UOW astronomer leaves permanent legacy

Glen Moore retired on Friday after  helping to create centres as a fun way to learn about science. Picture: SYLVIA LIBER

Glen Moore retired on Friday after helping to create centres as a fun way to learn about science. Picture: SYLVIA LIBER

The man whose dogged determination helped Wollongong establish its own science centre and planetarium retired on Friday after 44 years employed by the University of Wollongong.

Starting this weekend, Glen Moore's focus is turning to his grandchildren and his own observatory, where he plans to make more of his own discoveries in his favourite field of astronomy.

It was that interest that sparked him on the journey into a final frontier for Australia.

He is one of three people recognised nationally for establishing the science centre movement in this country.

And Wollongong was the first with a planetarium, an observatory and laser shows.

But Mr Moore said none of that would have been achieved without a supportive community and help in high places from three University of Wollongong vice-chancellors and politicians such as former prime minister Paul Keating, former federal science minister Barry Jones and former state MP Colin Markham.

UOW Science Centre director Glen Moore inside the centre's planetarium.

UOW Science Centre director Glen Moore inside the centre's planetarium.

His wife Elizabeth Moore has also worked alongside him every step of the way.

The senior lecturer in physics started his quest wanting to build a planetarium.

But the positive reaction of his three-year-old son David during a visit to a science centre in Seattle in 1982 made him realise people of all ages were not just interested in a planetarium but science generally.

Such a facility nearly got off the ground in 1984 when a $12.5 million project was proposed for Wollongong Botanic Garden as part of a $20 million regional assistance program following the downturn in the steel industry.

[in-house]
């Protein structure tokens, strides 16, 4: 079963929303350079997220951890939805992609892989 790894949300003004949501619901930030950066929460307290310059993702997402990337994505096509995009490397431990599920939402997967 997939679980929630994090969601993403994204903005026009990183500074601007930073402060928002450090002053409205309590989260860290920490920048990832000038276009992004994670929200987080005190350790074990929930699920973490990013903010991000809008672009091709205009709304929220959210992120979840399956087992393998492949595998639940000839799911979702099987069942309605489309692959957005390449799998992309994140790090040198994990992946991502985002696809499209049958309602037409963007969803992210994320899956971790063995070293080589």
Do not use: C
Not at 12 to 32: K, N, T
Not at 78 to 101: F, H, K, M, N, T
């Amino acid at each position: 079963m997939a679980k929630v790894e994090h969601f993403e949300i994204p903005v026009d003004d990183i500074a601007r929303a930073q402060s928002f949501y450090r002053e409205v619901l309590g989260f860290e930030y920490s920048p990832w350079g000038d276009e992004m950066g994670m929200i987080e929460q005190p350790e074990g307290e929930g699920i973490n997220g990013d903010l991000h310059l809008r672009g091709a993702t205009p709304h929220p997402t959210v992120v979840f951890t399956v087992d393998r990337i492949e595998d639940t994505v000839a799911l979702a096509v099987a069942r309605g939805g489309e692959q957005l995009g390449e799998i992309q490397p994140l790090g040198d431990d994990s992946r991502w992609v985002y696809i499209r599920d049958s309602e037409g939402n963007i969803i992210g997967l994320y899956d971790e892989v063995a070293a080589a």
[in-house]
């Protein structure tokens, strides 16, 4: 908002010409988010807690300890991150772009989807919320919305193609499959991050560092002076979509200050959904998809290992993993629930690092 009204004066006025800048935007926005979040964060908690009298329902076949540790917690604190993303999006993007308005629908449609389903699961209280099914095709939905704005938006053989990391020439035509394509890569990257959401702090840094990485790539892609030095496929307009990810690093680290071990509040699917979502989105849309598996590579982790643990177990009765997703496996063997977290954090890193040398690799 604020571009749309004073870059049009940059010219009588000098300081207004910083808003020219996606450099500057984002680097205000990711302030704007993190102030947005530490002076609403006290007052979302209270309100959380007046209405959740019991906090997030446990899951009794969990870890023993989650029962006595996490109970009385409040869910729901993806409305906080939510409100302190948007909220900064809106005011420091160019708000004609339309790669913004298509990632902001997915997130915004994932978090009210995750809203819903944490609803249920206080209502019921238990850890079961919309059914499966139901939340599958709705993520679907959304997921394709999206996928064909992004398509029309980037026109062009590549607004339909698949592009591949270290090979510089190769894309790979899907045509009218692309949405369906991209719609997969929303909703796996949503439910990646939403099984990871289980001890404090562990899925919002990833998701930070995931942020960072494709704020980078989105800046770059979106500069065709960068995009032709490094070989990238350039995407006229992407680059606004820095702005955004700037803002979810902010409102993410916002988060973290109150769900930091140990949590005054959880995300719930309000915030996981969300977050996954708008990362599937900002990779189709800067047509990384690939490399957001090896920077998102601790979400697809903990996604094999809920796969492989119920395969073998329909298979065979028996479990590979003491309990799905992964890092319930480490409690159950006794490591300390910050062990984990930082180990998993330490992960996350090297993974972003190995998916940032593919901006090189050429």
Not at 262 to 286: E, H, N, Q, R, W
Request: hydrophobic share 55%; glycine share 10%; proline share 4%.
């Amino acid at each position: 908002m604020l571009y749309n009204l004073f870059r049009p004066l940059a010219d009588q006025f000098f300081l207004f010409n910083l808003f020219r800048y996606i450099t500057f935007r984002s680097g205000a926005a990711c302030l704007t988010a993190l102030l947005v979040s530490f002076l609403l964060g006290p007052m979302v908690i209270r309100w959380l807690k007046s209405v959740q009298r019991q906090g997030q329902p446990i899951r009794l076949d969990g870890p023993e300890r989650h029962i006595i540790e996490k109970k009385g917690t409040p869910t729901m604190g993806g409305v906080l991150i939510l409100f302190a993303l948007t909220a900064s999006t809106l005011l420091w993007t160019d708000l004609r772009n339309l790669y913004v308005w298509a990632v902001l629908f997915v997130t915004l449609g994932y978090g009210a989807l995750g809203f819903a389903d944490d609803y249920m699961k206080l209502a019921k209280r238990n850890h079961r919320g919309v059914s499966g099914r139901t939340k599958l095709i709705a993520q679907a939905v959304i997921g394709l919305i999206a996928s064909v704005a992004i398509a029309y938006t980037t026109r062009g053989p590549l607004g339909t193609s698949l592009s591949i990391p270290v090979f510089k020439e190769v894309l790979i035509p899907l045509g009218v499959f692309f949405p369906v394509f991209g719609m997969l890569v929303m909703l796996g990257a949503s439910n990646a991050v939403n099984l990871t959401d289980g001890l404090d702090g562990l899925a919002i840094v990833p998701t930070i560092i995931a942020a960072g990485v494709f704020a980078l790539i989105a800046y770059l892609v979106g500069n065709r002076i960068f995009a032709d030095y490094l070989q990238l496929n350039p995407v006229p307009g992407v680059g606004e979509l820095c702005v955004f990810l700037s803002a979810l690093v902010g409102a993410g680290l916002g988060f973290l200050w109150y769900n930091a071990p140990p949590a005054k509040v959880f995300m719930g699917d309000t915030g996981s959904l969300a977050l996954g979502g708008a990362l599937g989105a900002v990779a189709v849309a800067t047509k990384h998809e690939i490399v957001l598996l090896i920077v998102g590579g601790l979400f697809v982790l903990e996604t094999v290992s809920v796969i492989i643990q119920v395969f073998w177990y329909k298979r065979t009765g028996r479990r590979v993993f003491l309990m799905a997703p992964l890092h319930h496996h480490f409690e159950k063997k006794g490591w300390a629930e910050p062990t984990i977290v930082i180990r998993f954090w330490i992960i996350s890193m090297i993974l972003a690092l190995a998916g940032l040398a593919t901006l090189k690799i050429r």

But the money from the state government at the time was halved and Brandon Park was built but not the science centre.

A petition with 30,000 signatures inspired Mr Moore and other volunteers on and they managed to get hold of the old migrant hostel dining rooms and kitchen at Fairy Meadow in 1988.

When the Japanese government gave Australia money for a science centre in the national capital in 1988, Mr Moore was given some exhibits from friend and fellow Australian science centre founder Mike Gore, who had established a facility in an old school in Canberra.

Mr Keating and Mr Jones also arranged it so nations exhibiting at Expo 88 could avoid paying duty and sales tax if they donated exhibit items to Wollongong at the end of the global event.

Mr Moore was not employed at the science centre until it moved to its present site on the Wollongong Innovation Campus in 2000.

That occurred after community support was fired up after a flood destroyed exhibits in the Nissen Hut at Campus East in 1998.

"'The NSW government gave us $2 million towards the new building," he said.

"The rest of the support for the building came from the community."

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